If you have something to say to Harris County officials about flooding along White Oak Bayou, better mark the evening of June 12 on your calendar.
Harris County Commissioners Court plans to call a bond election on Aug. 25 for the Harris County Flood Control District. Registered voters in Harris County will be asked to vote on what could be $2.5 billion in bonds for flood risk reduction projects throughout the county.
Two dozen “watershed” meetings will be held starting this month across the county ahead of the election. One of the first on deck is for the 111-square-mile White Oak watershed, to be held from 6-8 p.m. Tuesday, June 12, at White Oak Conference Center, 7603 Antoine Drive.
According to HCFCD, more than 433,000 people live in the White Oak watershed, making it the fourth most populated drainage basin in Harris County behind Brays, Greens and Buffalo bayous. More than 2,000 structures were damaged during Hurricane Harvey floods along the White Oak, according to website ProPublica.org, with more than 5,000 damaged during Tropical Storm Allison in 2001.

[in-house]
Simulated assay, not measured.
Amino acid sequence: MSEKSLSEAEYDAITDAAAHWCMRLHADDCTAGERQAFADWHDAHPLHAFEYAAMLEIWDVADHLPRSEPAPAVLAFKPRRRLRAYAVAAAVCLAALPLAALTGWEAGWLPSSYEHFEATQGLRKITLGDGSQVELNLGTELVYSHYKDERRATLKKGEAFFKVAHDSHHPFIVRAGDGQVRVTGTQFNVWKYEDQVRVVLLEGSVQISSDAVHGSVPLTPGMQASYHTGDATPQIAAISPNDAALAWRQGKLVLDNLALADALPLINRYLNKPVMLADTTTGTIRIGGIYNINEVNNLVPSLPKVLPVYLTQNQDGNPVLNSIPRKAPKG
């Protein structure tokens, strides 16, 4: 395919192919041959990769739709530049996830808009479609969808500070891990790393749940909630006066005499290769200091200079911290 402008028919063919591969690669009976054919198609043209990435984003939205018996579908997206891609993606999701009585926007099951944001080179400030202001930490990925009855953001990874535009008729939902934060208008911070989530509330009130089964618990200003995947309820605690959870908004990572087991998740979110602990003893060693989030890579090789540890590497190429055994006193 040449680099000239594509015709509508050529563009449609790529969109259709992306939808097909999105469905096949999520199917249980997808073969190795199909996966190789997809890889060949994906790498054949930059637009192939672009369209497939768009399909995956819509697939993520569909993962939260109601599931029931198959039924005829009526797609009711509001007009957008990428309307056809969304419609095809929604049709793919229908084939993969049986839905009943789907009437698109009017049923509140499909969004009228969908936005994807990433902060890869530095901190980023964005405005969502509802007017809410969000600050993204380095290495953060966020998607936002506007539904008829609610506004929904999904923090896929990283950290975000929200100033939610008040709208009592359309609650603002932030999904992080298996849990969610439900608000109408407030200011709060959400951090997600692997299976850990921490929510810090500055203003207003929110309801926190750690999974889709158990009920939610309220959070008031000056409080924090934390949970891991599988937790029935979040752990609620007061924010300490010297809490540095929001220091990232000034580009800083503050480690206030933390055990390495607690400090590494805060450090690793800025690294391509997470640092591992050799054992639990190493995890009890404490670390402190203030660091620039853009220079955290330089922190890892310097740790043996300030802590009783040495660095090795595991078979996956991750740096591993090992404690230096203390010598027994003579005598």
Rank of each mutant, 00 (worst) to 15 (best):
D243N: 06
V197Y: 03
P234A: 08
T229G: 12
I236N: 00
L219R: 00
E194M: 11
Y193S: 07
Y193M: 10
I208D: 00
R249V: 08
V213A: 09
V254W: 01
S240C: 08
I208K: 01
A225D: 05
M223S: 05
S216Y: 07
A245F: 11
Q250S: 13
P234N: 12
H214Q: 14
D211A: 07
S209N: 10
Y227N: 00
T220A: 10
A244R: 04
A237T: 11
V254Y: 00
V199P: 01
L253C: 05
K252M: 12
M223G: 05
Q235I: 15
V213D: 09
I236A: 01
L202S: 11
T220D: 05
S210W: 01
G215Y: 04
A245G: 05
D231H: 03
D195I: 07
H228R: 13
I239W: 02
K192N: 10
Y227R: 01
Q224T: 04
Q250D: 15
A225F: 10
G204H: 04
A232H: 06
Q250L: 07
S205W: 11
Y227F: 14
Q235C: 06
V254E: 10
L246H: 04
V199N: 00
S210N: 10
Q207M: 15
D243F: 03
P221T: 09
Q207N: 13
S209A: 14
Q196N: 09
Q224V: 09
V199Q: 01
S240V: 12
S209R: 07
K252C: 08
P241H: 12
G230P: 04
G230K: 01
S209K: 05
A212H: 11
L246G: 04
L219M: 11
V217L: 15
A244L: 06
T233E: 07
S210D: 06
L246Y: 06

During Harvey, most of the damage was in the Inwood area, but there was significant flooding in the Candlelight, Oak Forest, Timbergrove and Lazybrook neighborhoods as well. Flooding along White Oak Drive at the edge of Woodland Heights seems to be an all too common occurrence.
City and county leaders have been working to mitigate flood risk in this area for 20 years, according to a list of projects outlined on the Flood Control District’s website. With this June 12 meeting, a bigger post-Harvey push for action will take flight.
Ideas for the White Oak
Ten projects totaling $81 million have been completed, mainly on the upper reaches of White Oak around Jersey Village. Those consisted largely of digging massive storm runoff holding ponds. Proposed and ongoing projects for the White Oak include:
* The White Oak Bayou Federal Flood Damage Reduction Project is a multi-year, $166 million project that will substantially reduce flooding risks along White Oak Bayou, according to HCFCD. Started in 1998, the project is a cooperative effort between the Flood Control District and the U.S. Army Corps of Engineers. Upon project completion, HCFCD estimates that within the project area, most areas along White Oak Bayou will see water surface elevation reductions of 0.5 to 1.5 feet for the 1 percent (100-year) flooding event.